- Symphony no. 10 by Gustav Mahler and Deryck Cooke
- Free as a Bird and Real Love by John Lennon and the rest of The Beatles. In this case, the songs were credited to the Beatles and not John Lennon, since the new recordings were created in conjunction with the Beatles' rarities collection Anthology. It still counts as this trope, though.
- Brainwashed by George and Dhani Harrison and Jeff Lynne
- The Doors' An American Prayer combines poetry Jim Morrison recorded prior to his death with music the rest of the band added several years later.
- Made In Heaven by Queen was planned in advance by Freddie Mercury to be completed after his death, as he didn't think he had enough time left to create whole songs (and he was sadly correct). He just did his parts and let the rest of the band finish them after he died.
- Slogans by Bob Marley and the Wailers with guitar solo by Eric Clapton. This song was just a solo home demo by Bob but was overdubbed to make it sound like he was playing it with a full band.
- In Your Life and Take Me to Heaven Tonight by Melanie Thornton and the rest of La Bouche
- Countless posthumous collaborations between Tupac Shakur and others, eg "Pac's Life" with Ashanti and T.I.
- Country singer Keith Whitley's posthumous tribute album, in addition to the usual famous stars' covers of songs (including "When You Say Nothing at All" being Covered Up by Alison Krauss & Union Station) and never-released studio tracks, includes a duet with his widow Lorrie Morgan that fits this trope.
- And taking it a step further, a DJ spliced the Alison Krauss version of "When You Say Nothing at All" with Keith Whitley's.
- Adagio in G Minor by Tomaso Albinoni and Remo Giazotto.
- The Mermaid Avenue albums by Billy Bragg and Wilco, which set old unpublished Woody Guthrie lyrics to new music.
- Although not nearly as many as Tupac yet, Ol' Dirty Bastard has also had a steady stream of posthumous guest appearances. And while it was released while he was still alive, the album The Trials and Tribulations of Russell Jones was made without his involvement while he was in jail: acapellas from unfinished songs (or sometimes even previously released songs) were set to new beats, with many guest appearances filling in the gaps.
- After Johnny Mercer's death, lyrics of his were set to new music by Barry Manilow.
- Nico by Shannon Hoon and the rest of Blind Melon. Though the album also included some outtakes that were in fact finished before Hoon's death, as well as a few of his solo demos that the band didn't add anything to at all.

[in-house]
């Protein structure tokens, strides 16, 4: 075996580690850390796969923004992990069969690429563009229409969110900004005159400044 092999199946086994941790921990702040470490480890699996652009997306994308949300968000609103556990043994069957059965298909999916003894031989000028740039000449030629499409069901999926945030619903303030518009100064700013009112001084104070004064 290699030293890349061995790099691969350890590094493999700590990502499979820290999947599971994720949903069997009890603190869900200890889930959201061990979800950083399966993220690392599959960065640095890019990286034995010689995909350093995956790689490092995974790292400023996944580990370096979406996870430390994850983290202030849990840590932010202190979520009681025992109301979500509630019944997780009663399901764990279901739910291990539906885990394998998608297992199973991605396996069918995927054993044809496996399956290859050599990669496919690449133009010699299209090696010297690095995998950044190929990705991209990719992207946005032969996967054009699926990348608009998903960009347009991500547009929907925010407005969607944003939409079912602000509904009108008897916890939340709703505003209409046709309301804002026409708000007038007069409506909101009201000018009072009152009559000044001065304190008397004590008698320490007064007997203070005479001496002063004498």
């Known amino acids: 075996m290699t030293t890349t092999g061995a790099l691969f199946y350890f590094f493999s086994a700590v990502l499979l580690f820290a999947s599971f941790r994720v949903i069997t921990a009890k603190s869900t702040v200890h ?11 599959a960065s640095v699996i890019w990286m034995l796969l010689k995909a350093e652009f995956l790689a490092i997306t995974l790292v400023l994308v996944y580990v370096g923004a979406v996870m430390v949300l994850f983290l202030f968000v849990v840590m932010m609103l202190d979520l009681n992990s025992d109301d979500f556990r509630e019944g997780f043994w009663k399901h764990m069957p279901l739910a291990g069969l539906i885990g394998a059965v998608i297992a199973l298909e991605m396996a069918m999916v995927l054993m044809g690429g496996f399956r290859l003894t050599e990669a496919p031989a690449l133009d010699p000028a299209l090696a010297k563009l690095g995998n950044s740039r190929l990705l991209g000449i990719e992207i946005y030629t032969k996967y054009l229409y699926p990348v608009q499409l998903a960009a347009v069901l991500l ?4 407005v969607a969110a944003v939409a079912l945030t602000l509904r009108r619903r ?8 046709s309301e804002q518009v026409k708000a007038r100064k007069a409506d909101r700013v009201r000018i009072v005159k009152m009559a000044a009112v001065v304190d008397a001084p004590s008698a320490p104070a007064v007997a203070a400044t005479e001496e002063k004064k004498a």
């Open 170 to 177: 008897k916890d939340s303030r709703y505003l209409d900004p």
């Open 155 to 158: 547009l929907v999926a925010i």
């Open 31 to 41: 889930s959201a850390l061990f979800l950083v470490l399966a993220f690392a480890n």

- Hank Williams, Jr. did this twice with his father Hank Williams Sr.
- The first was his 1989 hit "There's a Tear in My Beer", which incorporated a vocal track recorded by his father. The elder Hank's recording was made in 1950 but never released until Hank Jr. got a hold of it. Its video digitally inserted Hank Jr. into a performance of Sr.'s.
- The second time, he corralled his son Hank Williams III into doing an album called Three Hanks: Men with Broken Hearts, which combined previously recorded vocals by Hank Sr. and newly recorded vocals by Hank Jr. and Hank III. Hank III doesn't even acknowledge this album's existence, because perhaps he agreed with a reviewer who deemed it morbid and unnecessary.
- In the same vein as the Hank Williams example above, "Unforgettable" by Nat King Cole and Natalie Cole, "God Bless the Child" by Billie Holiday and Tony Bennett and "All The Way" by Frank Sinatra and Céline Dion.
- As well as quite a few nostalgia-oriented Christmas songs from the The New '10s onwards, including "The Christmas Song" also by by Nat King Cole and Natalie Cole, "White Christmas" by Bing Crosby and Michael Bublé, "What Are You Doing New Year's Eve?" by Ella Fitzgerald and Rod Stewart, "O Come All Ye Faithful" by Elvis Presley and Susan Boyle, and "Santa Claus Is Coming To Town" by Frank Sinatra and Kylie Minogue. There seems to be at least one such collab every year.
- Speaking of Elvis, there's the 2008 album Christmas Duets, in which his vocals are mixed with those of younger country and contemporary Christian artists, including Carrie Underwood, Martina McBride and Amy Grant. The music video for the "Blue Christmas" cover digitally inserts McBride into a Performance Video of Presley singing the song live - the only known video footage of him performing a Christmas song.